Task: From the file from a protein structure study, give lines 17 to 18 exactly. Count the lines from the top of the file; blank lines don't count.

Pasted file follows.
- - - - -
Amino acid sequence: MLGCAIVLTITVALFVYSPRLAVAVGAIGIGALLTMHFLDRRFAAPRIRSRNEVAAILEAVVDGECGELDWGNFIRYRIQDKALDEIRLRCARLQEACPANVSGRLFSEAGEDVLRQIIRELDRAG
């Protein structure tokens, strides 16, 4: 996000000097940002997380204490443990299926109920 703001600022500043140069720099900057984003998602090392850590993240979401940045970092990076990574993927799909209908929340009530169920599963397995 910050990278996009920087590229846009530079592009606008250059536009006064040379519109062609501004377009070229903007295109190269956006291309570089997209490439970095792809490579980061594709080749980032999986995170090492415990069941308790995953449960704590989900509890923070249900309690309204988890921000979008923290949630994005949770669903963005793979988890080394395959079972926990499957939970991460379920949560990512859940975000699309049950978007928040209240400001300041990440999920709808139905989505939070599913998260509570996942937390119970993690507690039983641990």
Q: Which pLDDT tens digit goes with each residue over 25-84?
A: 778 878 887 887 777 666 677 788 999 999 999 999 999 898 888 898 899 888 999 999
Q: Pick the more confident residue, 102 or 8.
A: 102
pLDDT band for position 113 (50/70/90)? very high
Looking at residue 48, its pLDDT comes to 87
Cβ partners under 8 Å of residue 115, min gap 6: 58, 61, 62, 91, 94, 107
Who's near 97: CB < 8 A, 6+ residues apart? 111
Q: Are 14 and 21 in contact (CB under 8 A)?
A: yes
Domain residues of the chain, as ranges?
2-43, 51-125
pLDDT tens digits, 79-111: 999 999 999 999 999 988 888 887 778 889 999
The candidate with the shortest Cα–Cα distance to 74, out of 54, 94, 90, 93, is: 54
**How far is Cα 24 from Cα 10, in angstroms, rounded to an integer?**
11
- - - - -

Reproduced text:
**How far is Cα 24 from Cα 10, in angstroms, rounded to an integer?**
11